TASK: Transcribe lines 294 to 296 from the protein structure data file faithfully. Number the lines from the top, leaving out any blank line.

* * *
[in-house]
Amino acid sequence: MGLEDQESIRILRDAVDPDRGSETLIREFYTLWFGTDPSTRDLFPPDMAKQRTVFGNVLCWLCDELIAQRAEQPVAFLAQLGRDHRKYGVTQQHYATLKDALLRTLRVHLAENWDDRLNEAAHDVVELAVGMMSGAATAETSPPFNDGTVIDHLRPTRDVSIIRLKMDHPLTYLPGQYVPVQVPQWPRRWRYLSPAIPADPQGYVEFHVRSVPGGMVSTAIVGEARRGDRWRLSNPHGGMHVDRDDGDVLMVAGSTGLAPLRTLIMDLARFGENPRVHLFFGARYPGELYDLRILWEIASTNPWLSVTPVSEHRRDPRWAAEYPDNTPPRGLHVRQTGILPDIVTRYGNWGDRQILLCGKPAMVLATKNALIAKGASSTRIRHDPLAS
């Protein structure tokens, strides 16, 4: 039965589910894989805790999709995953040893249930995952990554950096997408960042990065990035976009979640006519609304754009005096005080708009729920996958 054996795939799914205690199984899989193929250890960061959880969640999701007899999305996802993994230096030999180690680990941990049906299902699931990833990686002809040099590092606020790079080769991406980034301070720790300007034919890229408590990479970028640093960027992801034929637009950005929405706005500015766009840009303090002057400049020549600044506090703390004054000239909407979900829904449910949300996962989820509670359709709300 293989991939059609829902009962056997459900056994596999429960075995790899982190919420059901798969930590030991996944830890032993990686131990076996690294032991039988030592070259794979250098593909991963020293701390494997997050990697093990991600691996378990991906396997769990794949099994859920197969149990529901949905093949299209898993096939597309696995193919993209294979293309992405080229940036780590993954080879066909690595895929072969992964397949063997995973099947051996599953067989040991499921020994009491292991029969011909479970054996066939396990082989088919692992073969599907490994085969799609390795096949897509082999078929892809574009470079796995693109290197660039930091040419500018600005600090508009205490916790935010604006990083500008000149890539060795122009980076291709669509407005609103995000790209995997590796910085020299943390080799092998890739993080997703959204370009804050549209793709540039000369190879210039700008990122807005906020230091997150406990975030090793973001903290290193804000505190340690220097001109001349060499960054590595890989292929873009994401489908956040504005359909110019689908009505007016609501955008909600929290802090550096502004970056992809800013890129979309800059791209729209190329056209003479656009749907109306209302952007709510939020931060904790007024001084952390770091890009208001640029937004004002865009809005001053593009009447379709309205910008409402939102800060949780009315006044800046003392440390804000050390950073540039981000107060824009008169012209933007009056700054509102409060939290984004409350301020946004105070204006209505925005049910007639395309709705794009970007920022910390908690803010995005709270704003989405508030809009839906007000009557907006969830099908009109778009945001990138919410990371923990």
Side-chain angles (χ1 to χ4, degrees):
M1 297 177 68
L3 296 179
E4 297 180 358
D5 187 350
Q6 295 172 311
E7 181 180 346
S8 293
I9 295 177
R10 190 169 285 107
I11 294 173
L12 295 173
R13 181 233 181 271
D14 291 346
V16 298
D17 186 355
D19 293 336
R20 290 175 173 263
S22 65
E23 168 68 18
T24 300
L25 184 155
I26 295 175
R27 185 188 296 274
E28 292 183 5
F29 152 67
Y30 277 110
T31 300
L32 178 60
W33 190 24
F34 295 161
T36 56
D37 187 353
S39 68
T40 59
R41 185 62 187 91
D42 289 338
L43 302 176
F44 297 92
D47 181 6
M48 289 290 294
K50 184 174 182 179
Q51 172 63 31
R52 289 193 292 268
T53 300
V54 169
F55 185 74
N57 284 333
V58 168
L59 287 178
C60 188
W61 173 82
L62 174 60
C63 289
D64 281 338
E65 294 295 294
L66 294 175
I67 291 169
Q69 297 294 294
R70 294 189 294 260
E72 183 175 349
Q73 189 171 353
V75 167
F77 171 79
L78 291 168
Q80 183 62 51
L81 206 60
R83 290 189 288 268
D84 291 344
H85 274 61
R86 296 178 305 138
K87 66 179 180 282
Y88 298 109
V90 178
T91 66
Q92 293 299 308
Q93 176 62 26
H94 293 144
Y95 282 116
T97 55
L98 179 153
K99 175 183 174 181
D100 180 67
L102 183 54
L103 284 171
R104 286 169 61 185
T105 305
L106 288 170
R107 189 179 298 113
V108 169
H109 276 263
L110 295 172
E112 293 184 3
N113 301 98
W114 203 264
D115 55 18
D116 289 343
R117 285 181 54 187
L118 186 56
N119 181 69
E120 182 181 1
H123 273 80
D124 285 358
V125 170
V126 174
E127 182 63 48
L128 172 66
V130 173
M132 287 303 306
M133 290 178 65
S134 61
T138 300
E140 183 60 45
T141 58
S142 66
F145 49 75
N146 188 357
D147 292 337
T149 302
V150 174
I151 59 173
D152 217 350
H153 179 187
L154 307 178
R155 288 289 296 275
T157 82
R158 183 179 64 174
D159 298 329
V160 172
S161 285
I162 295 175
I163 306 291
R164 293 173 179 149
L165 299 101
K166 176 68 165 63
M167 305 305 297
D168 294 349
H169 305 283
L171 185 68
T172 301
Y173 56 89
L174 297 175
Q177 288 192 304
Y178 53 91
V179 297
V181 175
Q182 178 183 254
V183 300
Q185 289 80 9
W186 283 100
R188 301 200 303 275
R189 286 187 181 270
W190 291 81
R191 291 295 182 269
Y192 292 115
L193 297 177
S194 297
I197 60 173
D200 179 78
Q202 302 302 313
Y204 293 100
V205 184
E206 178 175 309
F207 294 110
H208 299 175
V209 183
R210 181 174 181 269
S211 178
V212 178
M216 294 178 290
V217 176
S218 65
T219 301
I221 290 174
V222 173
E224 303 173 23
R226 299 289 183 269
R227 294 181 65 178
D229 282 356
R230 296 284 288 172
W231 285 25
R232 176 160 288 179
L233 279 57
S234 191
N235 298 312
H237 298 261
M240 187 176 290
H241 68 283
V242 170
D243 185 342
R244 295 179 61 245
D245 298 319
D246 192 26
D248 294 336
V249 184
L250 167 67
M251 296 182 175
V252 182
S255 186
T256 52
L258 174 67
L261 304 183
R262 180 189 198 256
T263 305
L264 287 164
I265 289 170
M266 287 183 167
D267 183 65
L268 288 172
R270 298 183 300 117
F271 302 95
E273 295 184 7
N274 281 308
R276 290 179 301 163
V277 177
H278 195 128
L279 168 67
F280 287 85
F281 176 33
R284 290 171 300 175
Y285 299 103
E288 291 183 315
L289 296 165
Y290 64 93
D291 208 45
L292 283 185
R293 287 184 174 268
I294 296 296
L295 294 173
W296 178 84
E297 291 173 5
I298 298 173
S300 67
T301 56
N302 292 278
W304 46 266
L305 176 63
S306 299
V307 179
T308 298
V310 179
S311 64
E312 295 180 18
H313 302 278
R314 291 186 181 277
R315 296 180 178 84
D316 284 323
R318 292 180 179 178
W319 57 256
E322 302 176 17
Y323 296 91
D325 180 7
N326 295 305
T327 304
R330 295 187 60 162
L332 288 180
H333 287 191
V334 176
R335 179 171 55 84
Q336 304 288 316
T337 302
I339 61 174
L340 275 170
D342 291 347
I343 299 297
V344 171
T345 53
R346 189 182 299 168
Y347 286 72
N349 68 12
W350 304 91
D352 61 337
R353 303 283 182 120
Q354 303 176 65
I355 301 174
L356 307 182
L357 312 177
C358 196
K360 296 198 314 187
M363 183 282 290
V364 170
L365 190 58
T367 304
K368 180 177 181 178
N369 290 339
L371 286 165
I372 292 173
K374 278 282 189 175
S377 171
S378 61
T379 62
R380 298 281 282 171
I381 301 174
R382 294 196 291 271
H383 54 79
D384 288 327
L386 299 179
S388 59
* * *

T379 62
R380 298 281 282 171
I381 301 174